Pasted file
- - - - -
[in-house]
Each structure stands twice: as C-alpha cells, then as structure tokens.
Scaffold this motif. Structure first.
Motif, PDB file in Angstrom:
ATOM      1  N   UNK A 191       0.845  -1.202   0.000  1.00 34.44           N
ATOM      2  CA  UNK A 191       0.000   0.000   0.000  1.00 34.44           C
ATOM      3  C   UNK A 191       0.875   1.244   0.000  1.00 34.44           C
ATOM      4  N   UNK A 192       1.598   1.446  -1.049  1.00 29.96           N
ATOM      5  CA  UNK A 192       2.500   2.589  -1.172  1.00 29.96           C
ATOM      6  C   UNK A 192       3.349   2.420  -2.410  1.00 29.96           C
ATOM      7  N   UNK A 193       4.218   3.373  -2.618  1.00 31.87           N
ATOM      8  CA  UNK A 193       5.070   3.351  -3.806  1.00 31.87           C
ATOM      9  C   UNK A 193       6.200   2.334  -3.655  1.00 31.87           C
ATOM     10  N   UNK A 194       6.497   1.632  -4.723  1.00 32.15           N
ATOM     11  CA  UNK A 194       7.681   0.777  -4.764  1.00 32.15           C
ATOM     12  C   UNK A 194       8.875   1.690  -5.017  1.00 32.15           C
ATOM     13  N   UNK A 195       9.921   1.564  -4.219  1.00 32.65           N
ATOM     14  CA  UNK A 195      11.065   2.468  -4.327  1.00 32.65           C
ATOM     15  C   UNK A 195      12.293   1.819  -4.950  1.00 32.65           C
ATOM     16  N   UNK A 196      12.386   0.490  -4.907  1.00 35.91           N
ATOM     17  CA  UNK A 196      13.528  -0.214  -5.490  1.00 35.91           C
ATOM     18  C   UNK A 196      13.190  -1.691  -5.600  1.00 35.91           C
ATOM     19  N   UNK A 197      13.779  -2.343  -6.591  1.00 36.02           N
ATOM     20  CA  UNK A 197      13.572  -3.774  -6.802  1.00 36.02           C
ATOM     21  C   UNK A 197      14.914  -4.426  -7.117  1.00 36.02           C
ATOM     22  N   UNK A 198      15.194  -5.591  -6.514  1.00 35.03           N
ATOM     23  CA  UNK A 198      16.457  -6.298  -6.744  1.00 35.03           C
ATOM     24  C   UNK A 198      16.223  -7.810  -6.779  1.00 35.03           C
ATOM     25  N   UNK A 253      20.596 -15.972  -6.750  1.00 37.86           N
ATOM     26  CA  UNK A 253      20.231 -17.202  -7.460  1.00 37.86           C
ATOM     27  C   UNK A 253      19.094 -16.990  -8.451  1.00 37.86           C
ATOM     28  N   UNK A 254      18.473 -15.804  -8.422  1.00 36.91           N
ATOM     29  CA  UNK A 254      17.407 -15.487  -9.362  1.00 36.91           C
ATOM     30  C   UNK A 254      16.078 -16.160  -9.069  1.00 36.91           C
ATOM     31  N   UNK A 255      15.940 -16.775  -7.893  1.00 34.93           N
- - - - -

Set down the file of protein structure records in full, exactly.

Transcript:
[in-house]
Each structure stands twice: as C-alpha cells, then as structure tokens.
Scaffold this motif. Structure first.
Motif, PDB file in Angstrom:
ATOM      1  N   UNK A 191       0.845  -1.202   0.000  1.00 34.44           N
ATOM      2  CA  UNK A 191       0.000   0.000   0.000  1.00 34.44           C
ATOM      3  C   UNK A 191       0.875   1.244   0.000  1.00 34.44           C
ATOM      4  N   UNK A 192       1.598   1.446  -1.049  1.00 29.96           N
ATOM      5  CA  UNK A 192       2.500   2.589  -1.172  1.00 29.96           C
ATOM      6  C   UNK A 192       3.349   2.420  -2.410  1.00 29.96           C
ATOM      7  N   UNK A 193       4.218   3.373  -2.618  1.00 31.87           N
ATOM      8  CA  UNK A 193       5.070   3.351  -3.806  1.00 31.87           C
ATOM      9  C   UNK A 193       6.200   2.334  -3.655  1.00 31.87           C
ATOM     10  N   UNK A 194       6.497   1.632  -4.723  1.00 32.15           N
ATOM     11  CA  UNK A 194       7.681   0.777  -4.764  1.00 32.15           C
ATOM     12  C   UNK A 194       8.875   1.690  -5.017  1.00 32.15           C
ATOM     13  N   UNK A 195       9.921   1.564  -4.219  1.00 32.65           N
ATOM     14  CA  UNK A 195      11.065   2.468  -4.327  1.00 32.65           C
ATOM     15  C   UNK A 195      12.293   1.819  -4.950  1.00 32.65           C
ATOM     16  N   UNK A 196      12.386   0.490  -4.907  1.00 35.91           N
ATOM     17  CA  UNK A 196      13.528  -0.214  -5.490  1.00 35.91           C
ATOM     18  C   UNK A 196      13.190  -1.691  -5.600  1.00 35.91           C
ATOM     19  N   UNK A 197      13.779  -2.343  -6.591  1.00 36.02           N
ATOM     20  CA  UNK A 197      13.572  -3.774  -6.802  1.00 36.02           C
ATOM     21  C   UNK A 197      14.914  -4.426  -7.117  1.00 36.02           C
ATOM     22  N   UNK A 198      15.194  -5.591  -6.514  1.00 35.03           N
ATOM     23  CA  UNK A 198      16.457  -6.298  -6.744  1.00 35.03           C
ATOM     24  C   UNK A 198      16.223  -7.810  -6.779  1.00 35.03           C
ATOM     25  N   UNK A 253      20.596 -15.972  -6.750  1.00 37.86           N
ATOM     26  CA  UNK A 253      20.231 -17.202  -7.460  1.00 37.86           C
ATOM     27  C   UNK A 253      19.094 -16.990  -8.451  1.00 37.86           C
ATOM     28  N   UNK A 254      18.473 -15.804  -8.422  1.00 36.91           N
ATOM     29  CA  UNK A 254      17.407 -15.487  -9.362  1.00 36.91           C
ATOM     30  C   UNK A 254      16.078 -16.160  -9.069  1.00 36.91           C
ATOM     31  N   UNK A 255      15.940 -16.775  -7.893  1.00 34.93           N